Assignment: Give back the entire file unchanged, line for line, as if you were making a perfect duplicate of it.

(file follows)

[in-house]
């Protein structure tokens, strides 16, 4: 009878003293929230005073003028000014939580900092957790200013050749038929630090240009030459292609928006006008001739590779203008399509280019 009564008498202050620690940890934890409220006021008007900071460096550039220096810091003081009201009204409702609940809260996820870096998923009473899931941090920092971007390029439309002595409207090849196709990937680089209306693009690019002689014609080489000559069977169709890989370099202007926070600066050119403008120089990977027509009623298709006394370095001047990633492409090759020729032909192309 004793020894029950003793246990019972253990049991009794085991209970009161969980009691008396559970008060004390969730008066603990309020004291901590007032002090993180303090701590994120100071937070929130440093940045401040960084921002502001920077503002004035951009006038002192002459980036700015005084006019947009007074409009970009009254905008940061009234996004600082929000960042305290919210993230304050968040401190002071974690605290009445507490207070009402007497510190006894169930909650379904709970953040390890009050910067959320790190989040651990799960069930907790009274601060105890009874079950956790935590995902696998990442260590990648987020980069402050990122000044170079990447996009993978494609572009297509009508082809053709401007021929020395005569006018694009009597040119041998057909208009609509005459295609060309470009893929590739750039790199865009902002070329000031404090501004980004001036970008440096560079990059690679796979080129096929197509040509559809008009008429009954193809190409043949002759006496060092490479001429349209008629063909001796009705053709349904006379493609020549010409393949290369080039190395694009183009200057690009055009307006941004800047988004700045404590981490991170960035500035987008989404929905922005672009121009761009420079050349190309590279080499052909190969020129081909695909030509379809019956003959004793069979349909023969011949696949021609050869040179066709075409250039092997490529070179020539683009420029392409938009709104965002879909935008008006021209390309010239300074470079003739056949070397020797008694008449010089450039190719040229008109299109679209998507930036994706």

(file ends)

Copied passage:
[in-house]
């Protein structure tokens, strides 16, 4: 009878003293929230005073003028000014939580900092957790200013050749038929630090240009030459292609928006006008001739590779203008399509280019 009564008498202050620690940890934890409220006021008007900071460096550039220096810091003081009201009204409702609940809260996820870096998923009473899931941090920092971007390029439309002595409207090849196709990937680089209306693009690019002689014609080489000559069977169709890989370099202007926070600066050119403008120089990977027509009623298709006394370095001047990633492409090759020729032909192309 004793020894029950003793246990019972253990049991009794085991209970009161969980009691008396559970008060004390969730008066603990309020004291901590007032002090993180303090701590994120100071937070929130440093940045401040960084921002502001920077503002004035951009006038002192002459980036700015005084006019947009007074409009970009009254905008940061009234996004600082929000960042305290919210993230304050968040401190002071974690605290009445507490207070009402007497510190006894169930909650379904709970953040390890009050910067959320790190989040651990799960069930907790009274601060105890009874079950956790935590995902696998990442260590990648987020980069402050990122000044170079990447996009993978494609572009297509009508082809053709401007021929020395005569006018694009009597040119041998057909208009609509005459295609060309470009893929590739750039790199865009902002070329000031404090501004980004001036970008440096560079990059690679796979080129096929197509040509559809008009008429009954193809190409043949002759006496060092490479001429349209008629063909001796009705053709349904006379493609020549010409393949290369080039190395694009183009200057690009055009307006941004800047988004700045404590981490991170960035500035987008989404929905922005672009121009761009420079050349190309590279080499052909190969020129081909695909030509379809019956003959004793069979349909023969011949696949021609050869040179066709075409250039092997490529070179020539683009420029392409938009709104965002879909935008008006021209390309010239300074470079003739056949070397020797008694008449010089450039190719040229008109299109679209998507930036994706």